What Creative Software Should I Start Out With?


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So, you’ve decided that a career in creative arts is the one for you, but maybe you’re not quite sure on what particular area you’d like to work in. You might also be looking to develop a solid foundation so that you have an understanding of the work that your contemporaries are doing, or because you like the idea of working as a generalist. If any of that sounds familiar, then this is probably the right blog for you.   I’m going to be working through some of best pieces of creative software to start with so that you have a strong understanding and knowledge base to build upon in the future. These pieces of software might not be the best of their kind out there, but they are the best place to start. 


Even if you’ve never been anywhere near the digital arts, you’ll probably still know of Photoshop. This ubiquitous software is used everywhere from games development and video production to web design and journalism. Photoshop is a robust tool that can be used for a wide variety of purposes, and although it is not particularly specialised in any individual area, it is able to perform well in the vast majority of tasks. If you’re going to be picking up any piece of creative software, it should probably be Photoshop. Pearlfisher London produced this stunning brand design for YQ by Yoplait on Photoshop Theri use of dark-grey colour stands as an impactful presence in the yogurt aisle, stepping away from convention and cueing a more gender-neutral product.  Some people might recommend GIMP, the free alternative to Photoshop, but GIMP can require a lot of manipulation to perform the same functions as Photoshop. Since you’re just getting started, it’s also worth using Photoshop so that you can familiarise yourself with the Adobe UI, since Adobe produces a significant portion of the industry standard creative software.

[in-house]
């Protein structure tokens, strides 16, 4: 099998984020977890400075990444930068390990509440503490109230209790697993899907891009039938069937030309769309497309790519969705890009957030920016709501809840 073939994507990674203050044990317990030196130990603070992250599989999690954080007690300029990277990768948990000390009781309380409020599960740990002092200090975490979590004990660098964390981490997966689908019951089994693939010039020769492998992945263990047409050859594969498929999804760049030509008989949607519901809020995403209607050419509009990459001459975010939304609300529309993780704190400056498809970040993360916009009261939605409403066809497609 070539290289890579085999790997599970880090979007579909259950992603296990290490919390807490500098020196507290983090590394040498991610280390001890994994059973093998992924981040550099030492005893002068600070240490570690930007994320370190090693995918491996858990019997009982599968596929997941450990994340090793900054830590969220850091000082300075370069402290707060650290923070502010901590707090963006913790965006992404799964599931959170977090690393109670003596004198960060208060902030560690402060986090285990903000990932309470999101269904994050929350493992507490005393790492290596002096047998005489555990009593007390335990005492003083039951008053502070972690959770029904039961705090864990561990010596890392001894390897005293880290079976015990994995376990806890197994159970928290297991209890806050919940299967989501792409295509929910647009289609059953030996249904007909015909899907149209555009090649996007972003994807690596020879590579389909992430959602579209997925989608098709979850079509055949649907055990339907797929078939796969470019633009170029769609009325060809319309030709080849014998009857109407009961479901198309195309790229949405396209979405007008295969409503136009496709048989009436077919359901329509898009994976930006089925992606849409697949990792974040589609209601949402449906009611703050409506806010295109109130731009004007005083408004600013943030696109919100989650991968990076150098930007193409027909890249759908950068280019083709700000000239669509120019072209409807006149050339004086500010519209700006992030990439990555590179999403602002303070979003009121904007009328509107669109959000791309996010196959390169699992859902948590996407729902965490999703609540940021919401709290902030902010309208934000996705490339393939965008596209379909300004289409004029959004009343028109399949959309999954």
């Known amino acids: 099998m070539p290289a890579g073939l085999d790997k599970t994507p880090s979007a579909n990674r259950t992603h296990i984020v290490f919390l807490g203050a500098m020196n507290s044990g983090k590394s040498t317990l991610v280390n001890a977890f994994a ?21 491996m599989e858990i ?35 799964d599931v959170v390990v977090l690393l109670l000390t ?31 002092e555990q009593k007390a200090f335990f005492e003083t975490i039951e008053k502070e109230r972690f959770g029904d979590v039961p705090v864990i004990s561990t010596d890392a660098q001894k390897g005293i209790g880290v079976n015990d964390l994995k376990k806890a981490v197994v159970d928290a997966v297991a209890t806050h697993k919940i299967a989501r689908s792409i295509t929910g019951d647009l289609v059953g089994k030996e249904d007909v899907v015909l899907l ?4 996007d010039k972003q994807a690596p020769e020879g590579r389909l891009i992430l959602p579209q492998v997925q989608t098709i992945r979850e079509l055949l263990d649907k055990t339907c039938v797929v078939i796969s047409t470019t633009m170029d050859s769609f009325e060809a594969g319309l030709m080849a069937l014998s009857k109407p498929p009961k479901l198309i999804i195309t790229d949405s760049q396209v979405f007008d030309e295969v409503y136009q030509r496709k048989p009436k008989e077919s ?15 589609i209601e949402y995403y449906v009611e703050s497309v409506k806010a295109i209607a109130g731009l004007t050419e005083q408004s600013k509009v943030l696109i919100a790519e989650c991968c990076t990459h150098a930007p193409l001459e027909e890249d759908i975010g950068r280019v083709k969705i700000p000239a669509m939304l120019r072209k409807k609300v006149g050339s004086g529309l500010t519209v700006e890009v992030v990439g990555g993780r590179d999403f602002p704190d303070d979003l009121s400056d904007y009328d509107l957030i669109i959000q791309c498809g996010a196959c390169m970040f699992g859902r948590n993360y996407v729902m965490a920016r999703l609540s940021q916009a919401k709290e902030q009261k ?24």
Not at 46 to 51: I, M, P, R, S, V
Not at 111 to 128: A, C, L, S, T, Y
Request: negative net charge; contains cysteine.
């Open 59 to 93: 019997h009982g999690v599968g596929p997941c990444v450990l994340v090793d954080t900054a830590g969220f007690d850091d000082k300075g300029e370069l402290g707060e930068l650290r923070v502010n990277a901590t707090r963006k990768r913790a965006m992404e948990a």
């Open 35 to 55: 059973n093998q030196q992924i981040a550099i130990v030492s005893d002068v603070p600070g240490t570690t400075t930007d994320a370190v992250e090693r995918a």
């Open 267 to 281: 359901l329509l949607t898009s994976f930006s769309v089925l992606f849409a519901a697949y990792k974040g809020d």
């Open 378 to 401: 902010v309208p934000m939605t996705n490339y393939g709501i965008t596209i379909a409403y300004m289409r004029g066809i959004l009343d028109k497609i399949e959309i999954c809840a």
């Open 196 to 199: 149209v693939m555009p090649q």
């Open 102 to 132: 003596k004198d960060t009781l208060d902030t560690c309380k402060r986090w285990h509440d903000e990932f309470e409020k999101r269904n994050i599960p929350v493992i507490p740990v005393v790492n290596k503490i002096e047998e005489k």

3D modelling is a complicated subject to learn, and I’ll be honest when I say that Blender won’t make it any easier for you. Blender has a rather inscrutable UI, but it is both free and powerful when used for a wide range of different tasks. I would recommend altering the Blender UI and controls to match the industry standard software (Maya & 3Ds Max) so that if you ever move over to these pieces of software you won’t be entirely lost.  Blender can be difficult to master but is an extremely robust tool that will see you through your first years in the creative industry and beyond. If you’re looking to make your experience of learning Blender smoother, then you can take advantage of great tutorials and educational packages online. 

Sony Vegas 

Learning to effectively use video editing software is a valuable skill that will help you in almost all creative careers and is a particularly attractive thing to list on your resume/portfolio. While Adobe Premiere Pro might be a more powerful piece of software, Sony Vegas is a fairly comprehensive choice for video editing software. A license for Sony Vegas is less expensive than Premiere Pro, and the fundamentals of using the software mostly transfer universally between editing tools. 


Audacity is an old workhorse for audio recording and editing, that is neither particularly powerful, not particularly efficient. However, Audacity offers just features and controls to develop a baseline knowledge in audio recording and editing. Most importantly, it is also free, so there is absolutely no harm in downloading it first and using it for some small projects, before moving on the more professional (and expensive) software.